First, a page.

perhaps the only Muslim youth of the village left alive. He had already
lost his entire family in the butchery and was looking for ways of
Source 1
Fig. 14.2
Photographs give us a glimpse of
the violence of that time.
UNDERSTANDING PARTITION
© NCERT
not to be republished
Page 4


375
© NCERT
not to be republished
 THEMES IN INDIAN HISTORY – PART III 376
We know that the joy of our country’s independence from
colonial rule in 1947 was tarnished by the violence and
brutality of Partition. The Partition of British India into the
sovereign states of India and Pakistan (with its western and
eastern wings) led to many sudden developments. Thousands
of lives were snuffed out, many others changed dramatically,
cities changed, India changed, a new country was born, and
there was unprecedented genocidal violence and migration.
This chapter will examine the history of Partition: why and
how it happened as well as the harrowing experiences of
ordinary people during the period 1946-50 and beyond. It will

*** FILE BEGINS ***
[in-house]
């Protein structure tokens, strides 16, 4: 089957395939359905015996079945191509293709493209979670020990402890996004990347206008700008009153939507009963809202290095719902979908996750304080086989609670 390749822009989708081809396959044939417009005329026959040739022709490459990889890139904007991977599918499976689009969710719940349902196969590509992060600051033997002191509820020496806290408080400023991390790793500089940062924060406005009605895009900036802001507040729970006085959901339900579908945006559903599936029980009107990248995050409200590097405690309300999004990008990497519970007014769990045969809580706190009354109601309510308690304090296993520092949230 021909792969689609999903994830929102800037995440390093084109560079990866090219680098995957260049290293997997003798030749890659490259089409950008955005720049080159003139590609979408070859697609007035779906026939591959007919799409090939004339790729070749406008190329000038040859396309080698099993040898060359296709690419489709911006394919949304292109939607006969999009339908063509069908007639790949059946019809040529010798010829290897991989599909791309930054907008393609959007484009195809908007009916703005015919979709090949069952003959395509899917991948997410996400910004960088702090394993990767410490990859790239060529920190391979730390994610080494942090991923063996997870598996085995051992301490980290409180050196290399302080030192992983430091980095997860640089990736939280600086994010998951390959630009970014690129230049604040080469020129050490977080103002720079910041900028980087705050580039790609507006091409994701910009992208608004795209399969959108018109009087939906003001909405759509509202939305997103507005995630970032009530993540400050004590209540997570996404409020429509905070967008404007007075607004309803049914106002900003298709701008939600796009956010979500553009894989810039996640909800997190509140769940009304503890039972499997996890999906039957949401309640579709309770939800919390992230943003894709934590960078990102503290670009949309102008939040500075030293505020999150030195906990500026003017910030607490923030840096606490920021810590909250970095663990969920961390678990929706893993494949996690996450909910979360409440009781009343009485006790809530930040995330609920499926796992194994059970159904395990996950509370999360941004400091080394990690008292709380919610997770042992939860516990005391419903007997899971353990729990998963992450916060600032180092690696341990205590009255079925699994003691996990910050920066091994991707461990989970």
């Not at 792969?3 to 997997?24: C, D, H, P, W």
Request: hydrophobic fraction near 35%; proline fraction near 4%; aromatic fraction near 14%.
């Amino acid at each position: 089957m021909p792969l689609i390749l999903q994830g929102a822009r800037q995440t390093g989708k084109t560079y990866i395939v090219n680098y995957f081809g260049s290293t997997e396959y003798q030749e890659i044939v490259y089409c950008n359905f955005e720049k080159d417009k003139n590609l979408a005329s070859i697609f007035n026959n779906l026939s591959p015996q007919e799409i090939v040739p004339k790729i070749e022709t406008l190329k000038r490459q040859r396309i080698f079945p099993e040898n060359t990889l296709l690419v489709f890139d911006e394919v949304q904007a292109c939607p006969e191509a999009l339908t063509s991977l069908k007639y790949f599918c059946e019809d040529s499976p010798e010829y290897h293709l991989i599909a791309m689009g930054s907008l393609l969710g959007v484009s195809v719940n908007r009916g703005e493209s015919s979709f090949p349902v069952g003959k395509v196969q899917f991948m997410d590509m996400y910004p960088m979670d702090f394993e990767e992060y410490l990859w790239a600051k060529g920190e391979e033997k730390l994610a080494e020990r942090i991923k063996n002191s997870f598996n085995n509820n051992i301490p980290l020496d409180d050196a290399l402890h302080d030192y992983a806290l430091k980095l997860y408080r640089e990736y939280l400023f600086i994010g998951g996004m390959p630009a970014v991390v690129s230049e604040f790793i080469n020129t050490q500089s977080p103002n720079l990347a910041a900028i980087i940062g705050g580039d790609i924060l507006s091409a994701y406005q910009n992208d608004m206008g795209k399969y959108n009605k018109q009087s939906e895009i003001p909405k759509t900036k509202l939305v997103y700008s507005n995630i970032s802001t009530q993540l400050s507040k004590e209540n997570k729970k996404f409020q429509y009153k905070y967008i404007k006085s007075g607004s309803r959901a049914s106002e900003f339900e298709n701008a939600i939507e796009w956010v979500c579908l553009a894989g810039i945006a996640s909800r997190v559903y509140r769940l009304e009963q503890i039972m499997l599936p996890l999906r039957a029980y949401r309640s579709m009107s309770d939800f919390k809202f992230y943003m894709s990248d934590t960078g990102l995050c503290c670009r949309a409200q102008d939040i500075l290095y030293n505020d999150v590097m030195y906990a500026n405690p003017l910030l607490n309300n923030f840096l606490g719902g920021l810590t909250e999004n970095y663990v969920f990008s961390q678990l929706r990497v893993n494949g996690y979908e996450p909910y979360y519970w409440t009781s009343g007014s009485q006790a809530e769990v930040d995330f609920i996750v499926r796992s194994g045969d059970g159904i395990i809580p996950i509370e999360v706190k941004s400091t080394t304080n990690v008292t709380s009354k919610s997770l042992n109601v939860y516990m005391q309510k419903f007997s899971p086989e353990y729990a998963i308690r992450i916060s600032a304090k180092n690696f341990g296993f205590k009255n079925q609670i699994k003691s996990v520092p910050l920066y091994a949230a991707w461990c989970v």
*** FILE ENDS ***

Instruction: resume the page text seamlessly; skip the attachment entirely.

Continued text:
Understanding Partition
Politics, Memories, Experiences Politics, Memories, Experiences Politics, Memories, Experiences Politics, Memories, Experiences Politics, Memories, Experiences
Fig. 14.1
Partition uprooted millions, transforming them into refugees, forcing them to begin
life from scratch in new lands.
THEME
FOURTEEN
© NCERT
not to be republished
377
also discuss how the history of these
experiences can be reconstructed by talking to
people and interviewing them, that is, through
the use of oral history. At the same time, it will
point out the strengths and limitations of oral
history. Interviews can tell us about certain
aspects of a society’s past of which we may know
very little or nothing from other types of sources.
But they may not reveal very much about many
matters whose history we would then need to
build from other materials. We will return to
this issue towards the end of the chapter.
1. Some Partition Experiences
Here are three incidents narrated by people who
experienced those trying times to a researcher
in 1993. The informants were Pakistanis, the
researcher Indian. The job of this researcher was
to understand how those who had lived more or